Daily Archives: October 31, 2014

Boone and Crockett Club Supports New Funding for Conservation

Four Boone and Crockett Club members are serving on a panel charged with developing new funding mechanisms for conservation. The goal is bridging the funding gap between game and nongame species – a concept heartily endorsed by the Club.

The 20-member Blue Ribbon Panel on Sustaining America’s Diverse Fish and Wildlife Resources was announced at a recent Association of Fish & Wildlife Agencies meeting.

The panel is co-chaired by Johnny Morris, CEO of Bass Pro Shops and regular member of Boone and Crockett Club. The panel also includes three professional members of the Club including Becky Humphries, Steve Williams and John Tomke.
Outdoor recreation retail and manufacturing sectors, energy and automotive industries, private landowners, educational institutions, conservation organizations, sportsmen’s groups and state conservation agencies are represented on the panel. Over the next year, the group will produce recommendations and policy options to fund conservation of the full array of fish and wildlife species.

Those recommendations will be presented to Congress and the President.

“Sportsmen don’t just advocate for game species, but for all wildlife, and the Boone and Crockett Club enthusiastically supports the concept of new funding sources and a more comprehensive approach to conservation,” said Bill Demmer, Club president.

Demmer added that increasing public and private funding for conservation was listed as a priority action item in a White House conference convened by President Bush in 2008. Since then, it’s become even more apparent that America’s historic successes in conservation are not sustainable under current funding models – especially given today’s growing challenges to fisheries, wildlife and other natural resources.

Goals and actions from the White House conference included identifying and developing new sources of dedicated, long-term funding for federal, state, and tribal fish and wildlife agencies to support conservation and hunting, and establish a blue ribbon panel of experts on wildlife funding to do so.

Morris said, “By assembling this panel of highly regarded leaders and problem solvers, we will find a way forward that safeguards not only vital natural resources, but also our nation’s economic prosperity and outdoor heritage.”

Former Wyoming governor Dave Freudenthal, who co-chairs the panel alongside Morris, said, “With fish and wildlife species and natural resource-based enterprise at stake, we can’t afford an ‘us vs. them’ mentality. It is time to create certainty for both industry and the conservation community by building a 21st Century funding model.”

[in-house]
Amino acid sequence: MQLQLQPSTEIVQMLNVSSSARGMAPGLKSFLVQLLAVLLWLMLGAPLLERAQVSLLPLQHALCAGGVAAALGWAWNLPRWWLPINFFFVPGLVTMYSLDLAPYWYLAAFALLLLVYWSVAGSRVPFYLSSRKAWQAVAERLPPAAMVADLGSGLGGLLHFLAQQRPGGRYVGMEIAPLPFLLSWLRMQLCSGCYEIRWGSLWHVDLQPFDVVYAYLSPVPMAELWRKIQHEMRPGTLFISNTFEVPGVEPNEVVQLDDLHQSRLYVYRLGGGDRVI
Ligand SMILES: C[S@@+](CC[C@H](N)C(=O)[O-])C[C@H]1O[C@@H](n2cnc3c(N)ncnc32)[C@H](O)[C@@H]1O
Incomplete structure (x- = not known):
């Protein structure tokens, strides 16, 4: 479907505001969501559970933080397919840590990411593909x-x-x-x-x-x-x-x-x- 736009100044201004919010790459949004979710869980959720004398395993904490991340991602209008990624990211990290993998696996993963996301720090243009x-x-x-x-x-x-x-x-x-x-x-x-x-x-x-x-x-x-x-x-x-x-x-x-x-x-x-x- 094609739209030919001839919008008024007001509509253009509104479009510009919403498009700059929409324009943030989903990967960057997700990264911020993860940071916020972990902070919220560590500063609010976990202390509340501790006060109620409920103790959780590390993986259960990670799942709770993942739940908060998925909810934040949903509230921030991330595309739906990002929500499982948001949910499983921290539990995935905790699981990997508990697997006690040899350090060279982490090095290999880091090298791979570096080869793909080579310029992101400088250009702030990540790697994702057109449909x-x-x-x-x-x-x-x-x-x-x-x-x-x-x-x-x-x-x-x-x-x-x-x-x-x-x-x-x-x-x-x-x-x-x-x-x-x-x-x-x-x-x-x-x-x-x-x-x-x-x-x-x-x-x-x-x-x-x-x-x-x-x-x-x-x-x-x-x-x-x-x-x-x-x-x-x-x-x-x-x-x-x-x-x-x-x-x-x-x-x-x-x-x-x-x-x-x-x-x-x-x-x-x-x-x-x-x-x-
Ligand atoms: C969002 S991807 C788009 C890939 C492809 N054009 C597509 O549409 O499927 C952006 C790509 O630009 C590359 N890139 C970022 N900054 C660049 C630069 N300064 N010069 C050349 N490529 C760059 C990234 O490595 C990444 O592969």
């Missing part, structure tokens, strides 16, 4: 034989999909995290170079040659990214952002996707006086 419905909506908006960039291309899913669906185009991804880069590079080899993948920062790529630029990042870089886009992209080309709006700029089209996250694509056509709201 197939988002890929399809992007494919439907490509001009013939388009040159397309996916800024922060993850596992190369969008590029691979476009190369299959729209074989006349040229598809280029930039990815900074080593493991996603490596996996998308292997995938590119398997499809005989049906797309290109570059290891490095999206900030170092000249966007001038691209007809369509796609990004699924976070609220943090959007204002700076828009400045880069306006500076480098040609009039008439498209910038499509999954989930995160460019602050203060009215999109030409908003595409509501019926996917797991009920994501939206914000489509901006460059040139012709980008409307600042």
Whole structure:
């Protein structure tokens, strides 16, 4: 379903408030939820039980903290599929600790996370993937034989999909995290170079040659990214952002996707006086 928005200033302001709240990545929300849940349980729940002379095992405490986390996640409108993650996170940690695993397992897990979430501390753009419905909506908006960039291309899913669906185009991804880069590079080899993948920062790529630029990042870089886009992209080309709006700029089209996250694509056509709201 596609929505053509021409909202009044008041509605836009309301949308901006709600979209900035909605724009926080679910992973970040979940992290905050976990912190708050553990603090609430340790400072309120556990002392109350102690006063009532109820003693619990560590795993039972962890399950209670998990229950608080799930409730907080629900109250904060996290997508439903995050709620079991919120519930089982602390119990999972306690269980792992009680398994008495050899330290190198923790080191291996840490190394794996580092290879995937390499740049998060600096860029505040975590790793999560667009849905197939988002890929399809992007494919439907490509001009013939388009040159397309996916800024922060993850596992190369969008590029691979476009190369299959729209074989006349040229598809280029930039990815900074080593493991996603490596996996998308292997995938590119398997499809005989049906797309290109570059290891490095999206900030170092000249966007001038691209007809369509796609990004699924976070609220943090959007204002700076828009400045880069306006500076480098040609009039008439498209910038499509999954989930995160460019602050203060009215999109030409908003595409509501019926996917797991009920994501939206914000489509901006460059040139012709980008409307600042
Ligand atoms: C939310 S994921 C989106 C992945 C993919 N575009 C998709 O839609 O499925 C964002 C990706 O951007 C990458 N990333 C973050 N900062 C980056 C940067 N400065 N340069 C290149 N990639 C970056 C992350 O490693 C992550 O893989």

State hunting and fishing license dollars, federal excise taxes on hunting and fishing gear and motorboat fuel taxes established a “user pay-public benefit” model that has provided the backbone for funding states’ fish and wildlife personnel and conservation programs over the past century.

Despite the success of this funding model, the costs of fish and wildlife conservation are increasing with public demands for new and expanded services. There has also always been a significant gap in dedicated funding for conserving the 95 percent of all species that are neither hunted nor fished. Professional managers and the organizations and individuals that help support them now must address a large number of new pressures on the landscape that are rapidly changing the outlook for North America’s fish and wildlife.

The co-chairs expect to add approximately three more individuals and four ex officio participants to the panel before it convenes its first meeting in early 2015.

Game Wardens & Kansas Highway Patrol to conduct checkpoint

Joint effort will check drivers’ licenses and possession of wildlife.

Kansas Department of Wildlife, Parks, and Tourism (KDWPT) game wardens and Kansas Highway Patrol (KHP) troopers will conduct a joint checkpoint in north central Kansas in mid-November. The regular pheasant and quail seasons open November 8, the greater prairie chicken regular season starts November 15 and duck and goose seasons will also be underway. The checkpoint is intended to help enforce state and federal wildlife laws, as well as the state’s driver’s licensing laws.

KHP troopers will operate the first stage of the checkpoint to be sure drivers are properly licensed to be driving. If a driver does not have a valid license, appropriate enforcement actions will be taken. Travelers should not expect major delays from this portion of the checkpoint.

Occupants of vehicles in the first check lane will be asked if they are hunters or are transporting wildlife.  If they are in either case, drivers will be directed to a nearby KDWPT check lane where game wardens will check for required licenses and permits, count the game and gather biological, harvest, and hunter success information. This portion of the checkpoint should also cause minimal delay.

Additional wildlife checkpoints will occur around the state during the fall and winter hunting seasons.